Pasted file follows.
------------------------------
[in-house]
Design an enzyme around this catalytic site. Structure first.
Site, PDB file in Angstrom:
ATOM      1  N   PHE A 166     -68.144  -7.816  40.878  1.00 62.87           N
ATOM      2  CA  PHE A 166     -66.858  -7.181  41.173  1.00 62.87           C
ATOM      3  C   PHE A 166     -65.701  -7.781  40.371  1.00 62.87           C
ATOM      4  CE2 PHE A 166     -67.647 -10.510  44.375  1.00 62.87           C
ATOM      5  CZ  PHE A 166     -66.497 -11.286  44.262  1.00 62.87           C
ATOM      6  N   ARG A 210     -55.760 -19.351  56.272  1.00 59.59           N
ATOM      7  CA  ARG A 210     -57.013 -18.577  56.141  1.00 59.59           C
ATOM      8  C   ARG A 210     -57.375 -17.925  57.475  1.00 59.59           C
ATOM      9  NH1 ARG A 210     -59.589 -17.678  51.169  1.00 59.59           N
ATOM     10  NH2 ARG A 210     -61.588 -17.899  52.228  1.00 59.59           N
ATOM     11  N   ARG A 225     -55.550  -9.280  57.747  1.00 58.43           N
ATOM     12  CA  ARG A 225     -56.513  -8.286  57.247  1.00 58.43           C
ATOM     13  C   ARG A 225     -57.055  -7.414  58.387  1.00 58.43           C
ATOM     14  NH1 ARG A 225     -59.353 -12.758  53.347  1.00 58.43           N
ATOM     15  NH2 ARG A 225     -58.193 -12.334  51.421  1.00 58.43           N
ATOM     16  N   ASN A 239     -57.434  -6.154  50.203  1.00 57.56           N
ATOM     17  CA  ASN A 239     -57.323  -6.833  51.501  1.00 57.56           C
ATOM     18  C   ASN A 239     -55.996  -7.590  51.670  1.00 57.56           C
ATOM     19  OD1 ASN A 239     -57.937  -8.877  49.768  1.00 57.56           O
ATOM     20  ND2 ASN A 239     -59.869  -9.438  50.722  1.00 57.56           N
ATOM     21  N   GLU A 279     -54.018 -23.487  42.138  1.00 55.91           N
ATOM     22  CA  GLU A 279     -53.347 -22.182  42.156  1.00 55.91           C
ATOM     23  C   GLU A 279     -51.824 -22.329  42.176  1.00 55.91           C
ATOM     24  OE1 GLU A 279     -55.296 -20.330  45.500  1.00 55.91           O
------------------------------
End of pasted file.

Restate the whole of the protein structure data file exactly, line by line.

[in-house]
Design an enzyme around this catalytic site. Structure first.
Site, PDB file in Angstrom:
ATOM      1  N   PHE A 166     -68.144  -7.816  40.878  1.00 62.87           N
ATOM      2  CA  PHE A 166     -66.858  -7.181  41.173  1.00 62.87           C
ATOM      3  C   PHE A 166     -65.701  -7.781  40.371  1.00 62.87           C
ATOM      4  CE2 PHE A 166     -67.647 -10.510  44.375  1.00 62.87           C
ATOM      5  CZ  PHE A 166     -66.497 -11.286  44.262  1.00 62.87           C
ATOM      6  N   ARG A 210     -55.760 -19.351  56.272  1.00 59.59           N
ATOM      7  CA  ARG A 210     -57.013 -18.577  56.141  1.00 59.59           C
ATOM      8  C   ARG A 210     -57.375 -17.925  57.475  1.00 59.59           C
ATOM      9  NH1 ARG A 210     -59.589 -17.678  51.169  1.00 59.59           N
ATOM     10  NH2 ARG A 210     -61.588 -17.899  52.228  1.00 59.59           N
ATOM     11  N   ARG A 225     -55.550  -9.280  57.747  1.00 58.43           N
ATOM     12  CA  ARG A 225     -56.513  -8.286  57.247  1.00 58.43           C
ATOM     13  C   ARG A 225     -57.055  -7.414  58.387  1.00 58.43           C
ATOM     14  NH1 ARG A 225     -59.353 -12.758  53.347  1.00 58.43           N
ATOM     15  NH2 ARG A 225     -58.193 -12.334  51.421  1.00 58.43           N
ATOM     16  N   ASN A 239     -57.434  -6.154  50.203  1.00 57.56           N
ATOM     17  CA  ASN A 239     -57.323  -6.833  51.501  1.00 57.56           C
ATOM     18  C   ASN A 239     -55.996  -7.590  51.670  1.00 57.56           C
ATOM     19  OD1 ASN A 239     -57.937  -8.877  49.768  1.00 57.56           O
ATOM     20  ND2 ASN A 239     -59.869  -9.438  50.722  1.00 57.56           N
ATOM     21  N   GLU A 279     -54.018 -23.487  42.138  1.00 55.91           N
ATOM     22  CA  GLU A 279     -53.347 -22.182  42.156  1.00 55.91           C
ATOM     23  C   GLU A 279     -51.824 -22.329  42.176  1.00 55.91           C
ATOM     24  OE1 GLU A 279     -55.296 -20.330  45.500  1.00 55.91           O